Saturday, April 27, 2013

Plazas Past and Present

Templo de la Santa Cruz
Plazas are everywhere in El Centro Querétaro and each one seems to take on a unique personality, based on its own inherent characteristics.  Typically though, these gathering places are picturesque backdrops for an historic monument or a significant building.
One of my favorite plazas is distinctly Querétano.  Nestled in the sloping El Centro district, the plaza del Templo y Convento de la Santa Cruz contains several monuments including a statue of Fra. Junipero Serra.  Just on the other side of these gentle foothills looms the city’s historic aqueduct, which linked essential water to the enclave in the early days.

The plaza is one of the oldest and most treasured in the city, since Querétaro was originally founded on this site in 1531.  Surrounded by so much history, is easy to get transported back in time and caught up in past events. The original church is still impressively beautiful, but in its day this was a seriously intimidating structure. 
Peeking through arched porticoes, we get haunting glimpses of the past as the desolate interior walls continue to reverberate and whisper of the lives of those who lived here long before us. 
There’s a museum located in the old convent now, but some of the grounds are in ill-repair and unavailable to the public.

During the day, the plaza is abuzz with activity.  Buses swarm past, regularly depositing loads of commuters into the fray.  Locals make their regular pilgrimage to church while spates of vendors hawk their wares in colorful stalls.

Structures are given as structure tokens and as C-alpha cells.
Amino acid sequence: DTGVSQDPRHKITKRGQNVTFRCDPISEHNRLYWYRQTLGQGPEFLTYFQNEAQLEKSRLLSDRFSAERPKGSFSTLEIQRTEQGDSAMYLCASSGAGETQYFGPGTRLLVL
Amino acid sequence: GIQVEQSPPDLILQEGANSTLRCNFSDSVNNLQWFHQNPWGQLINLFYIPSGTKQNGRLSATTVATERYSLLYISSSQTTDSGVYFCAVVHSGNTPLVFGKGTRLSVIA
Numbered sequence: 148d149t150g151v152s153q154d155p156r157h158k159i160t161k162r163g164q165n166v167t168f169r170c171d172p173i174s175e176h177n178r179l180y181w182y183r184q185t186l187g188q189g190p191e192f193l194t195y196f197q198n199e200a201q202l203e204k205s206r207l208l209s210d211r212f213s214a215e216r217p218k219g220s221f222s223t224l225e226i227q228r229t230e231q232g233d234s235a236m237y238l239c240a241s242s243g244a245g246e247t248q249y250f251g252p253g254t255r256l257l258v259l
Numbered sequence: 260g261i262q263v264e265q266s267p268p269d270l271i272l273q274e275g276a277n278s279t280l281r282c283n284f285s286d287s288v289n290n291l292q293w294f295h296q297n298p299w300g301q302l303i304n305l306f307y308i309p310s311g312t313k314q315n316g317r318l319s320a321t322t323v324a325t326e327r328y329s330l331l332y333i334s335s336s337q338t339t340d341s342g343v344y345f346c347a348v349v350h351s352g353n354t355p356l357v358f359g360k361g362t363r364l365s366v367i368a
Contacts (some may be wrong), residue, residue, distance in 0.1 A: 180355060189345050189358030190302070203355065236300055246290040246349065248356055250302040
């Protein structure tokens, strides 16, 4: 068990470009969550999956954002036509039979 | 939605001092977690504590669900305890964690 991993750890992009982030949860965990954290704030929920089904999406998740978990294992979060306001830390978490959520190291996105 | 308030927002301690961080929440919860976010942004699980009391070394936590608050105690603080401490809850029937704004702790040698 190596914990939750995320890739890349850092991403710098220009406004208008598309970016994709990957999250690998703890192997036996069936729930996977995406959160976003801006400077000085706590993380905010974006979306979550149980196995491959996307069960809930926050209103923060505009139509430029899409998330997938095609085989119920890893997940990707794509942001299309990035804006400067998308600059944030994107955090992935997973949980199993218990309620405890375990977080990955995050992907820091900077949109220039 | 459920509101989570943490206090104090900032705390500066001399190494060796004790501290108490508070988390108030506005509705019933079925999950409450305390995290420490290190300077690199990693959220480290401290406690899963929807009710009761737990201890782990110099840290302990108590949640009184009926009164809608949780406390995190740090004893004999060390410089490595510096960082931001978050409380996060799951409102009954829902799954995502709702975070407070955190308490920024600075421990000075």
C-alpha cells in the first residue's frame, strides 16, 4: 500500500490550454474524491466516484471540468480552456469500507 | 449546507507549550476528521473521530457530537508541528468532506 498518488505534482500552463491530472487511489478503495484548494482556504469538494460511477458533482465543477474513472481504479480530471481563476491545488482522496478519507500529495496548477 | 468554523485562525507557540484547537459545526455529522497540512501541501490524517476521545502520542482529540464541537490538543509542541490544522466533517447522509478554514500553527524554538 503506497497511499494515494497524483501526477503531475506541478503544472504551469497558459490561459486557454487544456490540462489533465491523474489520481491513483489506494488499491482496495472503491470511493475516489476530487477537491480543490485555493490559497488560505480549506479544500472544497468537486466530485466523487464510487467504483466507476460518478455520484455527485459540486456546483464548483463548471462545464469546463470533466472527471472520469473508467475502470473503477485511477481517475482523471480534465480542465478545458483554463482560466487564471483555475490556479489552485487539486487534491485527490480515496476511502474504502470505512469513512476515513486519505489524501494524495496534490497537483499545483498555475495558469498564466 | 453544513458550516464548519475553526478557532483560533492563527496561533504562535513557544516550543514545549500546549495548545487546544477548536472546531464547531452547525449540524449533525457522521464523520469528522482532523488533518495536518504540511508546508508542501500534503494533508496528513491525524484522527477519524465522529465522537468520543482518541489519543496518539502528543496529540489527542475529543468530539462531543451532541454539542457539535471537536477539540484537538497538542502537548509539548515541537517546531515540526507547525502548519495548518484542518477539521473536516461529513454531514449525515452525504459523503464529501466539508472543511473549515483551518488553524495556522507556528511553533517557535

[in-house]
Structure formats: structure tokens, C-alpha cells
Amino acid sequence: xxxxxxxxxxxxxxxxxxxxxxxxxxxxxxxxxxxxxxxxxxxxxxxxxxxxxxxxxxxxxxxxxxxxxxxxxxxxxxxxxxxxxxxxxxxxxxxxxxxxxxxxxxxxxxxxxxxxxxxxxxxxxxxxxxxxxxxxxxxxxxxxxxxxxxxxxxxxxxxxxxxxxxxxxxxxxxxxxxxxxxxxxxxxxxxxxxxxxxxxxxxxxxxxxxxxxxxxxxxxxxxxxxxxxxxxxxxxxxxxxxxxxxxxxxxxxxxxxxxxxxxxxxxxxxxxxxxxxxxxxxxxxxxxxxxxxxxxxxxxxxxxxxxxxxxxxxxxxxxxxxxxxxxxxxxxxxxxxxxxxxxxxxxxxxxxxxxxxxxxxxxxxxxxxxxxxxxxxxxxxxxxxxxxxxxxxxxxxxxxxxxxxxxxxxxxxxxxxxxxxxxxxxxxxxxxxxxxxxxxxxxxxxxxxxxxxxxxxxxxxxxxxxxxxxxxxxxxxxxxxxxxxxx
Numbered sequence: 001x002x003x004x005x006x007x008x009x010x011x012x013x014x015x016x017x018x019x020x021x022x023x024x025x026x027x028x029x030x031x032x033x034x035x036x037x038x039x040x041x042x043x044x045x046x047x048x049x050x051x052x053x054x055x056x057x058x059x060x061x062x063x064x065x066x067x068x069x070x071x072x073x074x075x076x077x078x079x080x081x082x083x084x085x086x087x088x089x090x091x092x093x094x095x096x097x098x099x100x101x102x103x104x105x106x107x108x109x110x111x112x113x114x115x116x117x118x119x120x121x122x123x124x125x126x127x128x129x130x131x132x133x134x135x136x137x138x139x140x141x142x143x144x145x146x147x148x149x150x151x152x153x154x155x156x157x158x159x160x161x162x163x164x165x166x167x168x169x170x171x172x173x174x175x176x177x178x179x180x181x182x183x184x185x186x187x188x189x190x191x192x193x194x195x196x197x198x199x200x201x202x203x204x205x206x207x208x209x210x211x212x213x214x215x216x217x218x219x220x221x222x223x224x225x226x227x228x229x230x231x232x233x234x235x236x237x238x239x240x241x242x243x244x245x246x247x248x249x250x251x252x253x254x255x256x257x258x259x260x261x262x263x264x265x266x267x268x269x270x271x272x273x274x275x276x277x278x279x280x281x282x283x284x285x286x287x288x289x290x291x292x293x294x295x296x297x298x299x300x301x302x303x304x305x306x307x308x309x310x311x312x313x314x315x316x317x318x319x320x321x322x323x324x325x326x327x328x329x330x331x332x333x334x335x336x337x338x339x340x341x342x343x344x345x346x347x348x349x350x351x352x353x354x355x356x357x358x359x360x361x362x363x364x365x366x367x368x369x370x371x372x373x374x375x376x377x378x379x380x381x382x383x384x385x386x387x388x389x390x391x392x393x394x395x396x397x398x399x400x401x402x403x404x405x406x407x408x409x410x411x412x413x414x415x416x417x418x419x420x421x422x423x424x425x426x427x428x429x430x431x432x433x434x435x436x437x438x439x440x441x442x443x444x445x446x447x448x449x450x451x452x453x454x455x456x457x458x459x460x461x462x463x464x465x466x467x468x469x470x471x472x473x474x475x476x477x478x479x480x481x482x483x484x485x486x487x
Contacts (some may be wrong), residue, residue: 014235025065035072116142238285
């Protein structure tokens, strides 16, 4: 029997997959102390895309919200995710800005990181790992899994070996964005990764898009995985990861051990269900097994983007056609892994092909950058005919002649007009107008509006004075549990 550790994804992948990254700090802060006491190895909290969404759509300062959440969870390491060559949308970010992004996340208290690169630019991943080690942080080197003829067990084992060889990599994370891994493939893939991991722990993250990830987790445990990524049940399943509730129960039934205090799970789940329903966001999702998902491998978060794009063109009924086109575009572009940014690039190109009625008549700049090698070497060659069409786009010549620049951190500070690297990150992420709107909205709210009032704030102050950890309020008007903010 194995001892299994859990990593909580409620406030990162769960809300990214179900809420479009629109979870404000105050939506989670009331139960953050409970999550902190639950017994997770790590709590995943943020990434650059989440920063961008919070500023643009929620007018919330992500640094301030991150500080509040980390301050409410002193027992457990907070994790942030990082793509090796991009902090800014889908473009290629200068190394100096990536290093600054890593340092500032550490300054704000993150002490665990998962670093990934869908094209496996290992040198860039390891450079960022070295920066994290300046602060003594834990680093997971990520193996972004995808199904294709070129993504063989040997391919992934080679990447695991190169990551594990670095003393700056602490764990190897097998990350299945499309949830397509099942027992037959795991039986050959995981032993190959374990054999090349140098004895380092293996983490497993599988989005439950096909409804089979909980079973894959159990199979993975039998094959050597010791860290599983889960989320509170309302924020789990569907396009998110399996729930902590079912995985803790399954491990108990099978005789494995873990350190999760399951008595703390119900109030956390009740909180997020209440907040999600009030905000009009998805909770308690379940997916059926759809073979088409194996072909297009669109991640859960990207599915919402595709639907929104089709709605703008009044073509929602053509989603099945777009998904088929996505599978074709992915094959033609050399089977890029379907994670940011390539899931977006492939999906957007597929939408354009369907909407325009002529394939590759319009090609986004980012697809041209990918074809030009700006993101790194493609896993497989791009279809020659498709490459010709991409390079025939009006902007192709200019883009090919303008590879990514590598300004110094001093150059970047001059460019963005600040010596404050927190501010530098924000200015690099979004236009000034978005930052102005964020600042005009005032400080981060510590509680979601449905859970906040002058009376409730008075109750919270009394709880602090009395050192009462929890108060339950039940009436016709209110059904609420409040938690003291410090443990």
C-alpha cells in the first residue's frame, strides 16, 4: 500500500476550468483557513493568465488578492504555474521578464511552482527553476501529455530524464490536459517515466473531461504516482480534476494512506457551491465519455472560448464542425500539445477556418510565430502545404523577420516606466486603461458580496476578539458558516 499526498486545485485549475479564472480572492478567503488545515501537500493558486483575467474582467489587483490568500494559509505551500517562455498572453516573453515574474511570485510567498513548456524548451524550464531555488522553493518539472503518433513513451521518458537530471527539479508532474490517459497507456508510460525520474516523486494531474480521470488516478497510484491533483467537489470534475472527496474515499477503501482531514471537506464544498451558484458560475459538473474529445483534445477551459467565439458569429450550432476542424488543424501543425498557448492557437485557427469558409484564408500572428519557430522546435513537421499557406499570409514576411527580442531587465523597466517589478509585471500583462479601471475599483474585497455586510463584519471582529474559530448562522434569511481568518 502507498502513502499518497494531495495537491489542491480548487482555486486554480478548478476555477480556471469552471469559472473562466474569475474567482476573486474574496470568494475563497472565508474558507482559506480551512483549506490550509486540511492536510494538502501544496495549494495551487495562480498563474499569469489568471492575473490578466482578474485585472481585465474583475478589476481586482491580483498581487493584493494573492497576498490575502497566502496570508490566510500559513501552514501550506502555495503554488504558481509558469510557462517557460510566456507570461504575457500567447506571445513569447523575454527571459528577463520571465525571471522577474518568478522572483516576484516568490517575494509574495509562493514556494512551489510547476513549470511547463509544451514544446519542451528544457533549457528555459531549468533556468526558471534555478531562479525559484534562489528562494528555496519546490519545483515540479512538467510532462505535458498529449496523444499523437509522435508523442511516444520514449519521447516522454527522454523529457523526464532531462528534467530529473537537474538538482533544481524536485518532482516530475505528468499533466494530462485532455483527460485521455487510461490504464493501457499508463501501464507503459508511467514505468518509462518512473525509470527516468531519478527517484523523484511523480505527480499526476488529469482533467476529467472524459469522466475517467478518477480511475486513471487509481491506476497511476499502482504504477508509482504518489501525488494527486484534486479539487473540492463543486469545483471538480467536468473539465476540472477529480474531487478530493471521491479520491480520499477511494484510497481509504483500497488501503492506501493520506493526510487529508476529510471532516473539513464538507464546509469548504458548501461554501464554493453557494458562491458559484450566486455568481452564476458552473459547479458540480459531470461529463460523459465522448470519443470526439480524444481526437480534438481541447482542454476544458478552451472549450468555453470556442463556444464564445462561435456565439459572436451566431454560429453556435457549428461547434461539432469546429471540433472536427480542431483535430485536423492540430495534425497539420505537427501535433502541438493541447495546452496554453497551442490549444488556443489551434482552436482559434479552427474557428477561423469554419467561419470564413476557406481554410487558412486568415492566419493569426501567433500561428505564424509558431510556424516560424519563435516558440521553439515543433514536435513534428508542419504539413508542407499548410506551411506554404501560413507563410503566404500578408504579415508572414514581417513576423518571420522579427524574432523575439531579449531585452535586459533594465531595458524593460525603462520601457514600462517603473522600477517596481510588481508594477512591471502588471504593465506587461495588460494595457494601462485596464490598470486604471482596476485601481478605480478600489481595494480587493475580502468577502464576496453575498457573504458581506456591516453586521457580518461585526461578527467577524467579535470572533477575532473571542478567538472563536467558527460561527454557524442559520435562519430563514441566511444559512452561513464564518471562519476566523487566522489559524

Amongst the purple jacarandas and the plaza’s famous thorn trees, the air takes on the aromas of tortillas toasting, corn roasting, and other mouth watering treats that appeal to the locals, passing shoppers, and to tourists. 
You don’t have to be a hopeless romantic to fall in love with this plaza. 

Sunday, April 21, 2013

Sunday Tostadas al Gusto

Tostada al Gusto

This evening I learned the art of the simple Sunday tostada cena (dinner) from my host señora, Licha. The intent is pretty much the same as the taco/tostada dinner that I have been preparing at home for years.  It’s an informal way for everyone to help themselves and still achieve a good dose of vegetables while enjoying a selection of hardier meats and/or cheeses.  Essentially, you just peek in the refrigerator and see what’s available and go from there.
The crowning jewel on this night was Licha’s spectacular Chorizo Salsa.  As usual there are no exact measurements, and the limited number of ingredients is cooked quickly together.  Begin by sautéing seeded and chopped Serrano peppers in a bit of oil to soften, then add one or two chopped tomatoes, and continue until a loose salsa forms.  To this, add one or two Spanish chorizo sausages with meat removed from casings and chopped.  Cook the sauce briefly to combine flavors; season to taste with salt, and serve warm.  That’s it.

Leticia with Chorizo Salsa

Here in Querétaro, they usually don’t bother to cook up a mess of tostadas (corn tortillas).  Instead of frying an endless quantity over a hot pan, they opt for a stack of the pre-cooked packaged ones.   In Licha’s world everything has an order.  Accordingly, we begin by spreading refried beans onto the tostada and top it with a good layer of Chorizo salsa, and then a thin slice of smoked ham; add a layer of crisp shredded lettuce, a bit of chopped tomato, and finish with a few dabs of sour cream.